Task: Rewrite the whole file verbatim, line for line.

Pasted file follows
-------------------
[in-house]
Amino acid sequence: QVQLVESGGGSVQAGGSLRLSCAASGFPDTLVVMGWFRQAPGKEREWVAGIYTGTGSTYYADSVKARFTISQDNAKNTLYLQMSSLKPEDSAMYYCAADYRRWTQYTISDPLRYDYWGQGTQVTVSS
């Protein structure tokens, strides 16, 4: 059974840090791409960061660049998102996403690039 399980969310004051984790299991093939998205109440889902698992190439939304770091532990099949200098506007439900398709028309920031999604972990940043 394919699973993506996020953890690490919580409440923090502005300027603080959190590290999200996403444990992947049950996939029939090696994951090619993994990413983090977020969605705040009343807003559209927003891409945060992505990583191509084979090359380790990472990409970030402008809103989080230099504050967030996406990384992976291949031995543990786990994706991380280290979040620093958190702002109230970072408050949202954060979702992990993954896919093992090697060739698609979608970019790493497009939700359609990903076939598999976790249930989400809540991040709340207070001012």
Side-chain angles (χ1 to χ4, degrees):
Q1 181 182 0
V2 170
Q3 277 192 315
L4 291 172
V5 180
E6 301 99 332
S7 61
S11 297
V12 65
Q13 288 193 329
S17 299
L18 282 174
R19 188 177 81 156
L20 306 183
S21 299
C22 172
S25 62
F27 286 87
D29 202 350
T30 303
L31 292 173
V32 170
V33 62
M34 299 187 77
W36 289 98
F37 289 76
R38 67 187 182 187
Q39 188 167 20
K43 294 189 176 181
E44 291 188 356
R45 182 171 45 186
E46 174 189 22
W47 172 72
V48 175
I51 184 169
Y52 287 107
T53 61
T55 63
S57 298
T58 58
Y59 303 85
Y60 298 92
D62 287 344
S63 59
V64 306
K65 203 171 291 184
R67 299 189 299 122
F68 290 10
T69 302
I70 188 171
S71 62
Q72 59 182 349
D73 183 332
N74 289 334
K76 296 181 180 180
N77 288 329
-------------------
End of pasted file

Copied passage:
[in-house]
Amino acid sequence: QVQLVESGGGSVQAGGSLRLSCAASGFPDTLVVMGWFRQAPGKEREWVAGIYTGTGSTYYADSVKARFTISQDNAKNTLYLQMSSLKPEDSAMYYCAADYRRWTQYTISDPLRYDYWGQGTQVTVSS
């Protein structure tokens, strides 16, 4: 059974840090791409960061660049998102996403690039 399980969310004051984790299991093939998205109440889902698992190439939304770091532990099949200098506007439900398709028309920031999604972990940043 394919699973993506996020953890690490919580409440923090502005300027603080959190590290999200996403444990992947049950996939029939090696994951090619993994990413983090977020969605705040009343807003559209927003891409945060992505990583191509084979090359380790990472990409970030402008809103989080230099504050967030996406990384992976291949031995543990786990994706991380280290979040620093958190702002109230970072408050949202954060979702992990993954896919093992090697060739698609979608970019790493497009939700359609990903076939598999976790249930989400809540991040709340207070001012």
Side-chain angles (χ1 to χ4, degrees):
Q1 181 182 0
V2 170
Q3 277 192 315
L4 291 172
V5 180
E6 301 99 332
S7 61
S11 297
V12 65
Q13 288 193 329
S17 299
L18 282 174
R19 188 177 81 156
L20 306 183
S21 299
C22 172
S25 62
F27 286 87
D29 202 350
T30 303
L31 292 173
V32 170
V33 62
M34 299 187 77
W36 289 98
F37 289 76
R38 67 187 182 187
Q39 188 167 20
K43 294 189 176 181
E44 291 188 356
R45 182 171 45 186
E46 174 189 22
W47 172 72
V48 175
I51 184 169
Y52 287 107
T53 61
T55 63
S57 298
T58 58
Y59 303 85
Y60 298 92
D62 287 344
S63 59
V64 306
K65 203 171 291 184
R67 299 189 299 122
F68 290 10
T69 302
I70 188 171
S71 62
Q72 59 182 349
D73 183 332
N74 289 334
K76 296 181 180 180
N77 288 329